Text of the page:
This week Starbucks announced a major new initiative named Race Together with a full-page advert in the New York Times.
Following a consultation with 2,000 employees over several months, the coffee chain is urging workers to engage with customers about arguably the most contentious issue in the US at the moment, race relations.
- Starbucks CEO Howard Schultz
But the fact they will do so via writing "Race Together" on customers' coffee cups and starting a discussion about race has left some people cold.
After the new campaign was launched by CEO Howard Schultz - who has previously led drives to increase gun control and fuel job creation - the company's vice president of communications, Corey duBrowa, quit Twitter after being inundated with negative messages.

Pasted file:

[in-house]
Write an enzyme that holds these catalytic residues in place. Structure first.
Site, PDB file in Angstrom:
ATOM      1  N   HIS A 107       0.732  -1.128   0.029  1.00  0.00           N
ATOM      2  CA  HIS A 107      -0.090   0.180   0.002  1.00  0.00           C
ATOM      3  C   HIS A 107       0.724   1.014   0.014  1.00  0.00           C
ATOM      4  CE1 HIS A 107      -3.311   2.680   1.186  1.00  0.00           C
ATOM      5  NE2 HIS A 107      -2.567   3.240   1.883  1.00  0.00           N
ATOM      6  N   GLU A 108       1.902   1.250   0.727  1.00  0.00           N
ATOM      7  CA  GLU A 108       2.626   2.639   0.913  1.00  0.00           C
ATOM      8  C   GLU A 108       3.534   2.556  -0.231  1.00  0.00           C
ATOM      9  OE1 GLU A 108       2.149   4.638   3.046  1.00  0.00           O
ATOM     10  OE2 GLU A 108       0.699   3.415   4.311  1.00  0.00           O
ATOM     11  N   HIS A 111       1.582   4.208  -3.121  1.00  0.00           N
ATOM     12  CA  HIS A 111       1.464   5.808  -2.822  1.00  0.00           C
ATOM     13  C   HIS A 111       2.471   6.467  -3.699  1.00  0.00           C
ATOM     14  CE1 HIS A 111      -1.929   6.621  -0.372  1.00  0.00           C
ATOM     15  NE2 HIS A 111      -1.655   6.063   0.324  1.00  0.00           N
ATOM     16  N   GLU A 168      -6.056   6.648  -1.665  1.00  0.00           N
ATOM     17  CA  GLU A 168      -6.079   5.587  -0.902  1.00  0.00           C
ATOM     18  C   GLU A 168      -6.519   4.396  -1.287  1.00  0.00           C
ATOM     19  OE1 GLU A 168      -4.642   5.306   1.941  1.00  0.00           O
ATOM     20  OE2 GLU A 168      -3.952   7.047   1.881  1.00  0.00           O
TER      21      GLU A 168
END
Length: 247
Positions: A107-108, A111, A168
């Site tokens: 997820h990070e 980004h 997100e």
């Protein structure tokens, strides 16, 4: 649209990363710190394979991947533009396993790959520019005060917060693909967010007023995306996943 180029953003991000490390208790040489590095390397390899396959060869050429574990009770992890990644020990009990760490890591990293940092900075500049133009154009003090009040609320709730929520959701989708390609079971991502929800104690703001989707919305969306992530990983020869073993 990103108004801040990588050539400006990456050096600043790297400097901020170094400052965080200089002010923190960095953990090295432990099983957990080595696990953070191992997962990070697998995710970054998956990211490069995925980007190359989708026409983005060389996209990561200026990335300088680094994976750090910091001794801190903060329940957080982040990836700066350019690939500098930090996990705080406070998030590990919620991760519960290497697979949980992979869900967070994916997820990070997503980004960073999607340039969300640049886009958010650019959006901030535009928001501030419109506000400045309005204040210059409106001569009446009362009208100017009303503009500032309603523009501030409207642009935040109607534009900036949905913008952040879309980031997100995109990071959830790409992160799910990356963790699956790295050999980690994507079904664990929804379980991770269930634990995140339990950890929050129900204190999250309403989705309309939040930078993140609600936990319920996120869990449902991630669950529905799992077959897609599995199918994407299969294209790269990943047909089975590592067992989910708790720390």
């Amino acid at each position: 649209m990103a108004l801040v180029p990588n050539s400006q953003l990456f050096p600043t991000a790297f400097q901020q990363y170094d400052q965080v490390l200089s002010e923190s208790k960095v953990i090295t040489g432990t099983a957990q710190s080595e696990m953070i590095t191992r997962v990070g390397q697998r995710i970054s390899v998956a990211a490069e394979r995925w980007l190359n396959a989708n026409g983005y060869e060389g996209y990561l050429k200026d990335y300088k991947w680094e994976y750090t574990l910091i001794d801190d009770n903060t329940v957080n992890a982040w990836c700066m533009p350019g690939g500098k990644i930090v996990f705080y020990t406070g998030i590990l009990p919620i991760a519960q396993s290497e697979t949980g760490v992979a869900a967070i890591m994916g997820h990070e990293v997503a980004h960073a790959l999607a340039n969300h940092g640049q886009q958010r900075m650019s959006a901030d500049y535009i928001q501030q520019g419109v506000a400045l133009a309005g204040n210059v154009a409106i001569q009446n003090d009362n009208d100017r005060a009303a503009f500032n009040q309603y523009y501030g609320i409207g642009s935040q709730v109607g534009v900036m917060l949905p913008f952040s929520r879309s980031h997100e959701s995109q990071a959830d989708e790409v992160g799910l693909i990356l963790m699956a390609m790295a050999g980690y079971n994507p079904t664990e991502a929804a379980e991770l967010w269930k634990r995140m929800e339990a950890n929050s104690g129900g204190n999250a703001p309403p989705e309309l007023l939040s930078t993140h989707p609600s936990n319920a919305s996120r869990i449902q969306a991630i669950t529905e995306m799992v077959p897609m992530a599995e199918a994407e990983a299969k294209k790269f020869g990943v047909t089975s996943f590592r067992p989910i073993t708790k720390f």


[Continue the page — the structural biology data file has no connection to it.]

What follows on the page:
After reinstating his account, he wrote that he "felt personally attacked in a cascade of negativity. I got overwhelmed by the volume and tenor of the discussion, and I reacted".
In a video message launching #RaceTogether, Schultz said the campaign would not be a solution to problems involving race in the US, but "it is an opportunity to begin to re-examine how we can create a more empathetic and inclusive society – one conversation at a time".
As has been pointed out, however, the company could have put more thought into its promotional images, all of which feature white hands.
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